Reducing environmental footprint is a step in the right direction for dairy and livestock farmers
Reducing the environmental footprint while lowering costs will be the theme of the Institute of Biological, Environmental and Rural Sciences (IBERS), Aberystwyth University stand at the Dairy and Livestock Event being held on the 17th and 18th September at Stoneleigh Park, Coventry. Scientists will be on hand to give practical advice on how measures taken on-farm can not only be of benefit to the environment, but can lead also to cost savings.
“Greenhouse gas emissions are high on the political agenda while impacts of agriculture on nitrate pollution of water courses are also of concern. Mitigation strategies are more likely to be taken up by farmers if they also reduce costs”, says Dr David Davies, Agricultural Outreach Manager.
UK farmers who have seen reduced returns from their enterprises in recent times will learn how measures taken to reduce their environmental footprint can also help them cash in whilst also meeting their cross-compliance obligations.
IBERS research will be featured on breeding varieties of red and white clover which reduce fertiliser use and improve soil quality. Clovers fix atmospheric nitrogen and reduce the fertiliser requirements for grass/clover swards giving a high protein forage.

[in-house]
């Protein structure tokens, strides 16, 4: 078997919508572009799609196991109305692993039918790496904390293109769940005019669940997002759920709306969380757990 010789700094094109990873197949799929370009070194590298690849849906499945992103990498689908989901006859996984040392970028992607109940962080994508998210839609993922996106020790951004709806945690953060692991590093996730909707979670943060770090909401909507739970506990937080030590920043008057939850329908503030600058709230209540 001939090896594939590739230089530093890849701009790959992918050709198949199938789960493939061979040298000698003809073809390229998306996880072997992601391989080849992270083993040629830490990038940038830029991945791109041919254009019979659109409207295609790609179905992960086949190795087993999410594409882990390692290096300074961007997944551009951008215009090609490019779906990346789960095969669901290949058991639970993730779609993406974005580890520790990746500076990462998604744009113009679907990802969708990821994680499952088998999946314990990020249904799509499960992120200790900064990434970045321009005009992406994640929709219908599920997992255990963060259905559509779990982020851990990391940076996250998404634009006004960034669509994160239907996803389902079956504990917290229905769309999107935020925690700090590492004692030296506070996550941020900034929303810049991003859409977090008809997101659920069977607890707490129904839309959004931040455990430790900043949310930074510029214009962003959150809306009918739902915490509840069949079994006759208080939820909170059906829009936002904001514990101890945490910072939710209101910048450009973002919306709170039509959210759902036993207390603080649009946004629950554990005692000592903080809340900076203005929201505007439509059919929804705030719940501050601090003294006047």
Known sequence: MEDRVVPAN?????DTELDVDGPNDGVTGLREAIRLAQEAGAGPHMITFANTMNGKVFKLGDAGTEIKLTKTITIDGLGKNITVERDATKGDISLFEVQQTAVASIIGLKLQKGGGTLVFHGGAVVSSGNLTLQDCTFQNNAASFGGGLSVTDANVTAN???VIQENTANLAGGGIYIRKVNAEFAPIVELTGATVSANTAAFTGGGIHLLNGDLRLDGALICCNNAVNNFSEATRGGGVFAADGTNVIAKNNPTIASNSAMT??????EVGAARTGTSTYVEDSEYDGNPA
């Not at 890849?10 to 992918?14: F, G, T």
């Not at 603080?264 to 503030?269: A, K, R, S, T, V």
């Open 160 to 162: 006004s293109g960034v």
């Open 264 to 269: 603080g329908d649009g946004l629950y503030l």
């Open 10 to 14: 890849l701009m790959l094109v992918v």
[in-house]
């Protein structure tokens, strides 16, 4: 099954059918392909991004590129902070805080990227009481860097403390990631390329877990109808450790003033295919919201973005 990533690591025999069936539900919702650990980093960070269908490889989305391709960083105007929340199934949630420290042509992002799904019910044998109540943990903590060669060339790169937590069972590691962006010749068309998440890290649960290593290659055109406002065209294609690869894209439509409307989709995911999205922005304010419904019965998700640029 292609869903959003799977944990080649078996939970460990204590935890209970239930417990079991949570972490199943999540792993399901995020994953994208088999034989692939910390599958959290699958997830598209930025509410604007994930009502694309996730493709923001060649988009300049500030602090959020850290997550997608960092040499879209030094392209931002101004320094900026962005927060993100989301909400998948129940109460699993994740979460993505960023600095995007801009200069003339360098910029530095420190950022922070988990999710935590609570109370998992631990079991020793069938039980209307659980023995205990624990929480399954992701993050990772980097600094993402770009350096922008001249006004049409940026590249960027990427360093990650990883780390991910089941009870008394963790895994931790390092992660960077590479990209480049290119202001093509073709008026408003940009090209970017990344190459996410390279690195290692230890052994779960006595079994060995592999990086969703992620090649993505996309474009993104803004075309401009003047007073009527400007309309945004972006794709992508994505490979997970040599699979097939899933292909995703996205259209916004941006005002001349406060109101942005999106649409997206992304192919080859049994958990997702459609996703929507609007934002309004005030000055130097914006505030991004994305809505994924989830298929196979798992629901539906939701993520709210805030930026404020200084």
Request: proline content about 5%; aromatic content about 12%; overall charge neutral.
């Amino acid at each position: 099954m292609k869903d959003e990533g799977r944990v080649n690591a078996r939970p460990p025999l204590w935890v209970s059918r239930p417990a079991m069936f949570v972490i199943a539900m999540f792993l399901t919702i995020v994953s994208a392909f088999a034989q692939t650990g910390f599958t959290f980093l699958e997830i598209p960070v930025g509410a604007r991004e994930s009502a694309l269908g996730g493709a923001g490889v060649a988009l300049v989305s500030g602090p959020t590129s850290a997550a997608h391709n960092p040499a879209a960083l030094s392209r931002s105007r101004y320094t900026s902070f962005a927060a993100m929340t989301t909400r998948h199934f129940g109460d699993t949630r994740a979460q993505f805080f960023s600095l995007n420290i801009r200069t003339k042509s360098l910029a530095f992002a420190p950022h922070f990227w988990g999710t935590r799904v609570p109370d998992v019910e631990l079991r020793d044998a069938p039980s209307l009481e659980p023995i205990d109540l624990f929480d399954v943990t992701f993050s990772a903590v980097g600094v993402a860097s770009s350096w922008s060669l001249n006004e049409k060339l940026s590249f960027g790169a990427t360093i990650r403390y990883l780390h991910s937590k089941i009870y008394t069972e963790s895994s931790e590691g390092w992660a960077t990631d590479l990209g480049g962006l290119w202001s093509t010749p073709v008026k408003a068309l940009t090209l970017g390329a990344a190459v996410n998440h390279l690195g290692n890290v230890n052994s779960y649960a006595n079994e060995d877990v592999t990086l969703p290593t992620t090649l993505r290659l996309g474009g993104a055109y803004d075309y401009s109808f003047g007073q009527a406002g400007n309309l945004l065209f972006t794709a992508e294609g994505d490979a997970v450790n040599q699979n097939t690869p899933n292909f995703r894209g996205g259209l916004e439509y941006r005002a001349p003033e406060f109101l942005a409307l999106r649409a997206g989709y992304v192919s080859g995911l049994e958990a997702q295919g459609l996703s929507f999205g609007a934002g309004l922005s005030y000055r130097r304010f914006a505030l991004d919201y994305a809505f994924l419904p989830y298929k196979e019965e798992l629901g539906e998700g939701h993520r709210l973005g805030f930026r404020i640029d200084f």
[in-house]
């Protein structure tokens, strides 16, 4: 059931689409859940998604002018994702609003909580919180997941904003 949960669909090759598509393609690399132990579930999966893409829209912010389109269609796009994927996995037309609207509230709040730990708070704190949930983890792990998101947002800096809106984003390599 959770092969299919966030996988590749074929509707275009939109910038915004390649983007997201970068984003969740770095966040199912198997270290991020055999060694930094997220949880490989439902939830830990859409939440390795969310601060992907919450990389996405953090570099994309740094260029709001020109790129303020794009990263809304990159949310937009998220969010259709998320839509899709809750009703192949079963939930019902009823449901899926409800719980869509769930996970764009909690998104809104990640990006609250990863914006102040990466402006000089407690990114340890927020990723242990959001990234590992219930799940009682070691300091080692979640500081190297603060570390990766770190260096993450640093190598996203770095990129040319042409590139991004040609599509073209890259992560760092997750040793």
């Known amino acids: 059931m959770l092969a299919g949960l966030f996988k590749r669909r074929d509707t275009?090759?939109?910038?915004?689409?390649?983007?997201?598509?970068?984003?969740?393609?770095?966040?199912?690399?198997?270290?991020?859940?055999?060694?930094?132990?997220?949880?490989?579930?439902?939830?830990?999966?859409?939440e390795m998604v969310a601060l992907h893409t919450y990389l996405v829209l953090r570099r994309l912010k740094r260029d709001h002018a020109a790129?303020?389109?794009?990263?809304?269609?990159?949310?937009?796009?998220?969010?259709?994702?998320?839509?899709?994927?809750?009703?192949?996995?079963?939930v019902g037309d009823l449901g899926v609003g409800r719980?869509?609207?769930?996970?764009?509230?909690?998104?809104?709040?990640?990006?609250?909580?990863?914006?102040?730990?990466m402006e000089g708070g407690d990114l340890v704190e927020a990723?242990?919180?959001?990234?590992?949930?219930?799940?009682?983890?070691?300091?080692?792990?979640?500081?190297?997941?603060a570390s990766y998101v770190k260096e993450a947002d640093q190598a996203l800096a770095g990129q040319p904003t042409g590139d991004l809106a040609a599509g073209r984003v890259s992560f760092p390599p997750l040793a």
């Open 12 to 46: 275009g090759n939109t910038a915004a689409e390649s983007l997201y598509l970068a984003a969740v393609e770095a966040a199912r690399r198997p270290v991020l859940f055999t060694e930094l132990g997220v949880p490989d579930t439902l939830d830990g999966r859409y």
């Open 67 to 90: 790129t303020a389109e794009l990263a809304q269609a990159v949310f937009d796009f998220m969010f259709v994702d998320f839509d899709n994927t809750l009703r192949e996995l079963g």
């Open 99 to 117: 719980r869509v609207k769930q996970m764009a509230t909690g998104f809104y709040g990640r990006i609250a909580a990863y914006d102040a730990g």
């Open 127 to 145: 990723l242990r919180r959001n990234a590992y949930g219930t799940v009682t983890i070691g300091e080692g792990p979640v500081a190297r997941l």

Breeding forages for the future has been the focus of IBERS’ breeding programmes in recent years. The development of highly digestible grasses with high ME and optimised contents of crude protein and sugar have proven to increase the proportion of nitrogen in the plant that is incorporated into meat and milk according to IBERS Grassland Development Centre Heather McCalman.
“By adding to the supply of fermentable carbohydrate in the rumen, these new varieties can improve the efficiency with which dietary protein is used by the dairy cow”, she added.
“Increasing the efficiency of rumen processes could also lead to reduced emissions to air of ammonia and the powerful greenhouse gases methane and nitrous oxide.”
Low cost winter management options for livestock will also be displayed which enable farmers to adapt to climate change scenarios for the West of the UK. Farmers will be prompted to consider crop selection and sequence, grazing control, feed supplements, livestock welfare, soil management along with possible alternatives to housing.
“These practical measures can also help producers meet the concerns of consumers who want their food to be produced by more sustainable methods,” said Heather McCalman
“We are confident that these approaches will help farmers nationwide to think positively at a difficult time for the industry, and will bring benefits not only for their businesses, but also for the environment.”